Rule Out Fertility Medication
Similar to weight gain, there are other underlying issues that can contribute to a woman developing ovarian cysts. If a woman is experiencing infertility and is taking fertility medication to increase her chances of becoming more fertile, she may get cysts over time. There are certain fertility medications, like clomiphene, that cause a woman’s body to ovulate more and often create this unwanted result. Although it is strongly advised to consult with a doctor before stopping any fertility medications, doing so will greatly decrease a woman’s chances of developing ovarian cysts.
Steer Clear of Smoking Cigarettes
Smoking is never advised, especially for those who wish to live a long, healthy life. Since the nicotine in cigarettes promotes conditions such as cancer and emphysema, it also increases a woman’s risk of developing ovarian cysts. Cigarette smoking affects both ovarian hormones and ovarian function. As multiple studies have shown, cigarette smoking links to a significant increase in ovarian cyst risk. Women who smoke cigarettes should cease the bad habit altogether by joining a smoking cessation program or taking another positive step to quit as soon as possible.
Think About Birth Control
Birth control can help with a myriad of issues, from acne to period regulation. Fortunately, birth control can also help prevent ovarian cysts and can even help to reduce the risk of ovarian cancer. If women have been diagnosed with ovarian cysts, or are at an increased risk, they should strongly consider taking birth control. Birth control, in all its forms, suppresses ovarian function and prevents ovulation. The pill, a patch, ring, injection and implant all work to achieve these goals and prevent ovarian cysts from occurring in women.
Schedule a Gynecologist Appointment
There is no one better to help a woman with ovarian cyst prevention than a medical doctor who is board certified in obstetrics and gynecology. A gynecologist has the ability to diagnose, treat and educate patients on ovarian cysts from what they are to the best ways to prevent them. In the event that a woman does develop ovarian cysts, she can also receive an ovarian cystectomy from her doctor. This surgical procedure removes cysts from one or both of the ovaries. An ovarian cystectomy not only diagnoses ovarian cysts, it also reduces any painful symptoms a woman experiences and rules out the risk of cancerous growth.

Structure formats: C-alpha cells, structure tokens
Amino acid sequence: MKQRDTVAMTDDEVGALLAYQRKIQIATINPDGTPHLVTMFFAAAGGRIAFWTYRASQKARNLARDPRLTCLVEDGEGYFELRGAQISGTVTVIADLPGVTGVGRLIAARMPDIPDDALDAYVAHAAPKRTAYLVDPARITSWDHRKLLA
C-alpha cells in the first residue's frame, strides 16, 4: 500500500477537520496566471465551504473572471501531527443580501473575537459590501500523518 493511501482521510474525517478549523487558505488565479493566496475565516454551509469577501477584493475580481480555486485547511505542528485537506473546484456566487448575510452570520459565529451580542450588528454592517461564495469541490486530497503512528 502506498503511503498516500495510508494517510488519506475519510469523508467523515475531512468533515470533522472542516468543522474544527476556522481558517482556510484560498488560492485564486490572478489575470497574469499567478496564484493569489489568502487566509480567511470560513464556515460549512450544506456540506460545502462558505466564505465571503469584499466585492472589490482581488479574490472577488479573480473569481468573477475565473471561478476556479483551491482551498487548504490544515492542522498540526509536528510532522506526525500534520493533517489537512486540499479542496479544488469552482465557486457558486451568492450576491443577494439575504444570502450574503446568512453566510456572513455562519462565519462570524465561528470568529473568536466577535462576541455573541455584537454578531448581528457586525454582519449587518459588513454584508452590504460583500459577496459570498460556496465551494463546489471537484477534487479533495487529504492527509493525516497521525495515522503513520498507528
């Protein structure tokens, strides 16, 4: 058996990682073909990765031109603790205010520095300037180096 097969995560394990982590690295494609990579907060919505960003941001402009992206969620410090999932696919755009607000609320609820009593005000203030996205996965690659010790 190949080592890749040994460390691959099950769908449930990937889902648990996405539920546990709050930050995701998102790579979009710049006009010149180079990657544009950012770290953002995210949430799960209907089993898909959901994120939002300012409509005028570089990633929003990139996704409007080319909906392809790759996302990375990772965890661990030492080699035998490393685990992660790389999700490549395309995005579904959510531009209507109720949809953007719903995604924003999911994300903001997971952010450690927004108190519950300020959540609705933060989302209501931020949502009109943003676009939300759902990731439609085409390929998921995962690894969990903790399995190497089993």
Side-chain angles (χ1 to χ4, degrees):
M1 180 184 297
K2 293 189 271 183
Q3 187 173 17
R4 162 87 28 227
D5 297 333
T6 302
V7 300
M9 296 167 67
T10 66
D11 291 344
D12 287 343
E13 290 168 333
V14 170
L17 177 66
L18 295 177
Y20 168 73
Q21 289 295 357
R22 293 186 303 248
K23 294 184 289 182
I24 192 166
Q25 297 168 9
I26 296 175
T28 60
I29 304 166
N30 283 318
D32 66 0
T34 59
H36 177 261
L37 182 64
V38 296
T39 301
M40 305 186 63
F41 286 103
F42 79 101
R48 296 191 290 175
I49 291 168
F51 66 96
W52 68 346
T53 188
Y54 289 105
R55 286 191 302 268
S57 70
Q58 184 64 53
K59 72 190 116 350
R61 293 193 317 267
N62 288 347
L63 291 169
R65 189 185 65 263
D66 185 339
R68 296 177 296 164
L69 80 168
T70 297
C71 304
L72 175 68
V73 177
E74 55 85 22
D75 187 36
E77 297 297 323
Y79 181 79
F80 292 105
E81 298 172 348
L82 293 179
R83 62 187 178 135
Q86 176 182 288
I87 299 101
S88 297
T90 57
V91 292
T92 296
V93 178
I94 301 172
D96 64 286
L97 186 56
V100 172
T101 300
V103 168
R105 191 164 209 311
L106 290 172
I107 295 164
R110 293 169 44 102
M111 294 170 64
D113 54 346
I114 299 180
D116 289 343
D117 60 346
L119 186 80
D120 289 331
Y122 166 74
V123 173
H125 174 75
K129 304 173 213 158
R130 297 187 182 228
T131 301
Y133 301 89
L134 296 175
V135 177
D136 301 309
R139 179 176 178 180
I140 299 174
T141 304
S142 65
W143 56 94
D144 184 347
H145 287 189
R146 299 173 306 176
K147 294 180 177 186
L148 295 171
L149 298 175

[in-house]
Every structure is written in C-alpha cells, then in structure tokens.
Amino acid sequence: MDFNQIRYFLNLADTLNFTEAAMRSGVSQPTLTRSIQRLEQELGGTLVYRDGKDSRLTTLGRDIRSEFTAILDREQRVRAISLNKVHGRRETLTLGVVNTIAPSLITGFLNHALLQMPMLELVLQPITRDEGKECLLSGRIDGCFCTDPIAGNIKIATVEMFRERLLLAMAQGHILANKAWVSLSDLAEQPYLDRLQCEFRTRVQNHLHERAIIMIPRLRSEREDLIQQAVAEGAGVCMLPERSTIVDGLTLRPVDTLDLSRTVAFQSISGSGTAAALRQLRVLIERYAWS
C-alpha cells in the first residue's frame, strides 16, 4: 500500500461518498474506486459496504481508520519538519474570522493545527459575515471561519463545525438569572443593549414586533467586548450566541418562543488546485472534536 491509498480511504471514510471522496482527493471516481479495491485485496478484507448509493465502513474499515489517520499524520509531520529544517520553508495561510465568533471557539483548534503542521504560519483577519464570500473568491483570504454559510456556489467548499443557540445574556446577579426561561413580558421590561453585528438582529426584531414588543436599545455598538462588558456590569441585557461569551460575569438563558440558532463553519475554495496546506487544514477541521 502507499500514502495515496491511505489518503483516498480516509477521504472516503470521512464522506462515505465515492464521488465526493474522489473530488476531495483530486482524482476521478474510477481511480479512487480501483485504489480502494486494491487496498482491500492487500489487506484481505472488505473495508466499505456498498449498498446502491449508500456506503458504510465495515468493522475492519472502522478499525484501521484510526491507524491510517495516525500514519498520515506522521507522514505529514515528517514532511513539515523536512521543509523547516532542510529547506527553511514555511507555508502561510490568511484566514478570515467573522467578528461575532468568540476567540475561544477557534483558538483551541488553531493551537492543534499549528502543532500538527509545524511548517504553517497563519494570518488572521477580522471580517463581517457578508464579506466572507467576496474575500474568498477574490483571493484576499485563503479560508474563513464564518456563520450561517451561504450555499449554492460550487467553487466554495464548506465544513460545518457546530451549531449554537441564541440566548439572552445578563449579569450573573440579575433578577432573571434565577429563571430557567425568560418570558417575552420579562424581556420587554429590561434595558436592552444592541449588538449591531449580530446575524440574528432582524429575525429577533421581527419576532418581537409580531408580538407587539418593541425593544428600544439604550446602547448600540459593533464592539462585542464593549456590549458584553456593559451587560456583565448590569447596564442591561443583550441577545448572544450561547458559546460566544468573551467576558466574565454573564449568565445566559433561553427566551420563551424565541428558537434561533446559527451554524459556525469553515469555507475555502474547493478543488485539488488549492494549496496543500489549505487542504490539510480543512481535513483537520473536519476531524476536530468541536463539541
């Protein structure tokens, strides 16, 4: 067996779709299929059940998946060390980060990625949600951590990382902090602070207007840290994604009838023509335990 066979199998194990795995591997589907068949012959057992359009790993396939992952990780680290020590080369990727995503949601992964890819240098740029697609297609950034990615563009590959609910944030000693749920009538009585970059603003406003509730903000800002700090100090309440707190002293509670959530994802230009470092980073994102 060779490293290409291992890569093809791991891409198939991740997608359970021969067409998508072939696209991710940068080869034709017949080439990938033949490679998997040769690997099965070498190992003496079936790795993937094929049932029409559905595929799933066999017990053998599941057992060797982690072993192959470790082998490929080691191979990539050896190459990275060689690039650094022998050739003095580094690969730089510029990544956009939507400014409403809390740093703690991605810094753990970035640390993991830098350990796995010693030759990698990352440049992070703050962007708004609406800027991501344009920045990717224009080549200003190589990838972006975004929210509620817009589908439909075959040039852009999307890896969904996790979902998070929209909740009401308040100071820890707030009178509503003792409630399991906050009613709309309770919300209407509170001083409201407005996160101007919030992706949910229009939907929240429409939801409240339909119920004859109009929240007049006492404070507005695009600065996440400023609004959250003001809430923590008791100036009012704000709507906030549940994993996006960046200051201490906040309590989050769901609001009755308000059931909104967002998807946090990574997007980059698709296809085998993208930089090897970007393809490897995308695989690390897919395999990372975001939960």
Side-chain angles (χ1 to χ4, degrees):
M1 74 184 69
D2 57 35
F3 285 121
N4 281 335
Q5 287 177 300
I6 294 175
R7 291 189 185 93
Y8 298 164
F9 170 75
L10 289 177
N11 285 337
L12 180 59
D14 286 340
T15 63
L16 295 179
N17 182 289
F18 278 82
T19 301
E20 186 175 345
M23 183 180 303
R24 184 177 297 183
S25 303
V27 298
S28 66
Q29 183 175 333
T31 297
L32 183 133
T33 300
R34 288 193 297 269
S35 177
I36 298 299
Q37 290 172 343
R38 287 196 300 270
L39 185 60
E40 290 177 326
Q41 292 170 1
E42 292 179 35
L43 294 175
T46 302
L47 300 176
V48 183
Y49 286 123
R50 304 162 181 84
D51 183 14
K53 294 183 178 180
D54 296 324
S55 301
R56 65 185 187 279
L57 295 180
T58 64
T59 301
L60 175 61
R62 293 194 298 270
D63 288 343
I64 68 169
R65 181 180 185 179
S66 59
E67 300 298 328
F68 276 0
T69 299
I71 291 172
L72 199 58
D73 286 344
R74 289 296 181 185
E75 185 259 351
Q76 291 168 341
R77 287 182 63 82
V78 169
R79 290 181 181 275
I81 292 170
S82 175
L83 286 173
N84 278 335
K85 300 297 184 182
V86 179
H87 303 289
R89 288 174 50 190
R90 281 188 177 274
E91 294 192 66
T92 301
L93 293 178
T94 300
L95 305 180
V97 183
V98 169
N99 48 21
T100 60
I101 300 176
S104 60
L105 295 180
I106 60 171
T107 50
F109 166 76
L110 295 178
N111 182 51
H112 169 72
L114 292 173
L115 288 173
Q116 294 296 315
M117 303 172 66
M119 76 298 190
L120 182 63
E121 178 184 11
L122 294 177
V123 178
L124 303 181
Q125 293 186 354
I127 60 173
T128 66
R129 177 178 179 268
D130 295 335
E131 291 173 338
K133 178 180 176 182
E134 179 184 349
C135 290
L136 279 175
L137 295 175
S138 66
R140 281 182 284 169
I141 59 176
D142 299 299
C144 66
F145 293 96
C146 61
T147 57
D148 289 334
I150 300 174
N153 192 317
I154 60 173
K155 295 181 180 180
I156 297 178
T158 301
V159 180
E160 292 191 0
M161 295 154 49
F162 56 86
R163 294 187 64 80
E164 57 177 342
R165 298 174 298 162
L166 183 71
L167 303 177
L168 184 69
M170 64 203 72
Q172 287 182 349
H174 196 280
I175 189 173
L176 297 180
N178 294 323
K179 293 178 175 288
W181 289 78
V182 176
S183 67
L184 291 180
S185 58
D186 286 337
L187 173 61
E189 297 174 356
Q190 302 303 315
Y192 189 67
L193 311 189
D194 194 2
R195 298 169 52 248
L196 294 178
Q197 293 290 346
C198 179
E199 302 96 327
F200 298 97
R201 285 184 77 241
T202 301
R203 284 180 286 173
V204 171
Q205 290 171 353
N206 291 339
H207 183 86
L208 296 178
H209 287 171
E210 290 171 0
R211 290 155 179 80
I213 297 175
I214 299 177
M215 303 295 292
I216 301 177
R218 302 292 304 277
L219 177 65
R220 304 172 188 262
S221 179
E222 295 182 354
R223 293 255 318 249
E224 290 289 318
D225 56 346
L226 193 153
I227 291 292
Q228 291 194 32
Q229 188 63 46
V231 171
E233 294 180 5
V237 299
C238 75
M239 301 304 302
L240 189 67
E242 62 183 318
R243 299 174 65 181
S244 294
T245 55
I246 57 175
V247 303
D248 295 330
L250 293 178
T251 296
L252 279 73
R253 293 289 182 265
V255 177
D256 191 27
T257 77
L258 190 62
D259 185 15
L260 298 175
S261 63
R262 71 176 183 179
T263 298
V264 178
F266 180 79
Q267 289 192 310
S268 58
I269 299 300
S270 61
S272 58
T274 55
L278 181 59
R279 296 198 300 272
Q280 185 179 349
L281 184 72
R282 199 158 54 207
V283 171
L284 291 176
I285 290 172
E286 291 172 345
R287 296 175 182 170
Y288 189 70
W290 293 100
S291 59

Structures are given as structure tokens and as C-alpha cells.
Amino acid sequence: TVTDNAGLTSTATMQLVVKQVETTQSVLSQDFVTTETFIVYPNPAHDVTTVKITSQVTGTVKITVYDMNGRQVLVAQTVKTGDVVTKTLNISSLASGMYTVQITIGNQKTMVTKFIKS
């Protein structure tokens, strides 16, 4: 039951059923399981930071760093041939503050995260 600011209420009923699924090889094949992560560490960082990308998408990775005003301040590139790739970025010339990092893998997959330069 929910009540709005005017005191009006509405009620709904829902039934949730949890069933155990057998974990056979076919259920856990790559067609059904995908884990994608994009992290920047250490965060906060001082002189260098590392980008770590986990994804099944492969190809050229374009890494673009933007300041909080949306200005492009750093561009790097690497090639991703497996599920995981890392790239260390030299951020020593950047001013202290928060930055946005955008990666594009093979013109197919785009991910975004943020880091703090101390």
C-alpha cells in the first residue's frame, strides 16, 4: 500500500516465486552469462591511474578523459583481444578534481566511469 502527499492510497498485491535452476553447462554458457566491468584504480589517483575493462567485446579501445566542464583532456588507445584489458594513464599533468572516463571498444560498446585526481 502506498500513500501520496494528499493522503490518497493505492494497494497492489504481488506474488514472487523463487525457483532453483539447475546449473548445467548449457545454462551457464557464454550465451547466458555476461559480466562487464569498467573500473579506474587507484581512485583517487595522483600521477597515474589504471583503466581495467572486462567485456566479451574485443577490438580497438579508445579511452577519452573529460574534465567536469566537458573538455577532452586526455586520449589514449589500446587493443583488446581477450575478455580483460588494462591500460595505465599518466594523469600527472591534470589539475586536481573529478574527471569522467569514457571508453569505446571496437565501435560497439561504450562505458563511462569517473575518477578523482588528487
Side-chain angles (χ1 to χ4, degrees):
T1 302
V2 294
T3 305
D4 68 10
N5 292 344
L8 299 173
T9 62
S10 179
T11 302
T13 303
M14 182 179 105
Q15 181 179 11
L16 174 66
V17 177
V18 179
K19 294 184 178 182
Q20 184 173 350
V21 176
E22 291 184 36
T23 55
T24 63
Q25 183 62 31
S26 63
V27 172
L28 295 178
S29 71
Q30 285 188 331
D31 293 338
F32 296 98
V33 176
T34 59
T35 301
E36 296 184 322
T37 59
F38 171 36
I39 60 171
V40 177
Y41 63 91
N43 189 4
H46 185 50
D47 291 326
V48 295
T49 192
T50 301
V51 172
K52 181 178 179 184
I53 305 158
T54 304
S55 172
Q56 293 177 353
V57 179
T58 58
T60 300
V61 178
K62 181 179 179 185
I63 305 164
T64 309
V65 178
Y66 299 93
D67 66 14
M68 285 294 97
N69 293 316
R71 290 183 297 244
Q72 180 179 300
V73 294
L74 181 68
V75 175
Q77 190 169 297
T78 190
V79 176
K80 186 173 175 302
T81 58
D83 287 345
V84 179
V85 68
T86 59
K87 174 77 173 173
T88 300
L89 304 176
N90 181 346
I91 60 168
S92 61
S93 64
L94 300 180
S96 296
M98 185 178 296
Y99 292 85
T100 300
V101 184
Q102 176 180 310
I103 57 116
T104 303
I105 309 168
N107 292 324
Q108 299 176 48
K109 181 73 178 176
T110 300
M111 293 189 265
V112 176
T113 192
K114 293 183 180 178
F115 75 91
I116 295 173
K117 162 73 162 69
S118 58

Comprehensive Ovarian Cyst Treatment Near You
Women living in the New Jersey and New York areas who are looking to prevent or treat ovarian cysts should schedule an appointment at the office of Anthony C. Quartell, M.D. & Associates. Contact the office to explore your treatment options and learn more about the conditions a local OBGYN can treat today.
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Exploring Endometriosis and Fertility
Infertility is a serious condition that sadly affects both women and men, defined as the inability to conceive after a year or longer of having unprotected sex. Although fertility issues can be brought on by a variety of factors, some of which are unpreventable, women with an endometriosis diagnosis are even more likely to experience infertility problems in life.
What is Endometriosis?
Endometrium is the tissue that lines the uterus. When a woman has endometriosis, the endometrium is located outside of the uterus. In various cases of endometriosis, the endometrium has been found on the abdomen, ovaries, pelvic cavity and even inside the fallopian tubes. Since the endometrium is misplaced, the tissue actually builds up more so than usual, breaks down and ultimately sheds. While this is a very normal and routine occurrence for the endometrium tissue properly located within the uterus, the misplaced tissue has no other way to leave the body—which leads to tell-tale signs of endometriosis, like internal bleeding and inflammation.
Endometriosis is a chronic disease that doesn’t always show symptoms or signs to the women who have it. For those women who do experience the signs of endometriosis, symptoms could range from mild to severe. Symptoms of endometriosis include painful cramping throughout a menstrual cycle, extreme pelvic pain that gradually worsens, lower back pain, painful intercourse, excessive bleeding, painful bowel movements, painful urination, constipation and nausea. And although it might not be a physically felt sign, infertility is also a symptom of endometriosis.
Endometriosis and Fertility